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The trouble with the NHS’s working week

28 November 2011

9:02 AM

28 November 2011

9:02 AM

If you like your literature gloomy, then, at first, there may not be much to interest
you in the latest Dr Foster Hospital Guide. A double-page diagram, across pages 10 and 11, is
mostly about the positive trends of the past ten years: declining mortality rates and waiting times, that sort of thing. The only particularly sour note sounds out from the timeline at the bottom
of the spread, which notes the creation of that big, galumphing NHS computer system in 2002, and then its abolition this year for not ‘achieving objectives’.  

But keep pressing on, because there is much to be concerned about in the pages that follow — particularly in the second chapter, entitled ‘Reducing mortality at nights and
weekends’. In fact, that chapter is so concerning that the Telegraph have splashed on it this morning, and it was discussed in the 0810 slot on the Today
Programme. Its main finding is stark in its simplicity: you are more likely to die if you’re admitted to an NHS hospital at the weekend, rather than on a week day. Here’s the chart that Dr Foster
have produced to show the effect:


Which is to say, the death rate for emergency procedures hovers around 7.3 per cent during the week, but then jumps to over 8 per cent on both Saturday and Sunday. Coincidence? Certainly not. The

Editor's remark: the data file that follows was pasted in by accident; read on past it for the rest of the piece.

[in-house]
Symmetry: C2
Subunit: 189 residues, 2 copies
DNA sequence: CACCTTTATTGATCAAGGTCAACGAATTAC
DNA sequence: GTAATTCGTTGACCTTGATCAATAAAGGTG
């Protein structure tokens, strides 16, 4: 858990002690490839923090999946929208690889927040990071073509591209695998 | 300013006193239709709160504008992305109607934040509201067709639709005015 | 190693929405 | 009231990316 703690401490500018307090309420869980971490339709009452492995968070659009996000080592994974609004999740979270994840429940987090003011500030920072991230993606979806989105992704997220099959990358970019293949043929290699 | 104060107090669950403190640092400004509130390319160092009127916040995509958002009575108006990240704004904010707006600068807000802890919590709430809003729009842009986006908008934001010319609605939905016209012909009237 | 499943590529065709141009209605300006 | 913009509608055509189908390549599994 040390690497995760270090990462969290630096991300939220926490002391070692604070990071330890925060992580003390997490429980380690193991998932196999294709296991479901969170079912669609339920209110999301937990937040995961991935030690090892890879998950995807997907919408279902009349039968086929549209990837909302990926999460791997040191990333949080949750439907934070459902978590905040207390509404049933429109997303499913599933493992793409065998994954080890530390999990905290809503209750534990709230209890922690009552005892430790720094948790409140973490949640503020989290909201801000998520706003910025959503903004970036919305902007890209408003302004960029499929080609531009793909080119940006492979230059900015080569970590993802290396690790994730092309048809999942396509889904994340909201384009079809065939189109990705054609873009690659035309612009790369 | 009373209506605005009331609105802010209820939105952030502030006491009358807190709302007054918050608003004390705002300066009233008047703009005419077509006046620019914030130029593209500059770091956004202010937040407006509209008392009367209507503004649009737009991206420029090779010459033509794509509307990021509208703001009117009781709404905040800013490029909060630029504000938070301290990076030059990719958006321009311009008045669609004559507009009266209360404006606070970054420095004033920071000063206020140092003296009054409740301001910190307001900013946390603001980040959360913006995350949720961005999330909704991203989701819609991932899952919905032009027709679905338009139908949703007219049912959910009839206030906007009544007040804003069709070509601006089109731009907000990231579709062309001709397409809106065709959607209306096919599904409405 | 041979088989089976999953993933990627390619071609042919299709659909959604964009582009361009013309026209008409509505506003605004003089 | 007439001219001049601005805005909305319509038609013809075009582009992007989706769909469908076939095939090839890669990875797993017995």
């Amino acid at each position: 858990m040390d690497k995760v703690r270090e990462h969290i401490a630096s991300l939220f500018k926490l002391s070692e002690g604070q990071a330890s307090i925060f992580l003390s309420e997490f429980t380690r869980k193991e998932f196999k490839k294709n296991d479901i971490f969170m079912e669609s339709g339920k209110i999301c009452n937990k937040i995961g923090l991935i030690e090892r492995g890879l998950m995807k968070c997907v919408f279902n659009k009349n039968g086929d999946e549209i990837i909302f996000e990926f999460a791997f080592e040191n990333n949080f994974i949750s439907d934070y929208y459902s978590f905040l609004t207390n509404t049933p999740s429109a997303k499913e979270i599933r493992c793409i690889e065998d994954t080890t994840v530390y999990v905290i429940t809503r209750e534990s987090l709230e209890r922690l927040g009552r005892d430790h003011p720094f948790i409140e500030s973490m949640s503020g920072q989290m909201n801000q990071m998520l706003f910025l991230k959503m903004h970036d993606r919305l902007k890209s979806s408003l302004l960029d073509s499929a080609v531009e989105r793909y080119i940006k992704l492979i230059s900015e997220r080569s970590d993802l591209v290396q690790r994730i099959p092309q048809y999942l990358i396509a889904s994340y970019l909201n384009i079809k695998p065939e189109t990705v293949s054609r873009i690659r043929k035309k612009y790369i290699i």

report puts it down, largely, to the fluctuation in staffing levels between Friday and Saturday. Consultants and other senior staff who were on the ward during the week are merely on call at
weekends. The number of specialists at hand is diminished. And this is the result:

This might seem like a lot of fuss over fractional changes in percentage points. But don’t forget that, in this case, those fractional changes speak of the very real difference between life and
death. And besides, as the Dr Foster report notes, they are somewhat bigger for some hospitals than for others. This is a serial problem for a health service that was advised, last year, that ‘consultants must be more directly responsible for the delivery of 24/7 care’.

That same advisory document also reckons it will take until 2025 to reach ‘the recommended number of 10 full time equivalent consultants, as a minimum available to provide a 24/7 service in
every department that is currently working,’ although it notes that wider reconfiguration could help. In the meantime, news like today’s highlights the importance of data in exposing the
hidden scandals of the NHS. The coalition has done great work in making various systems more transparent — but it can still, always, go further.


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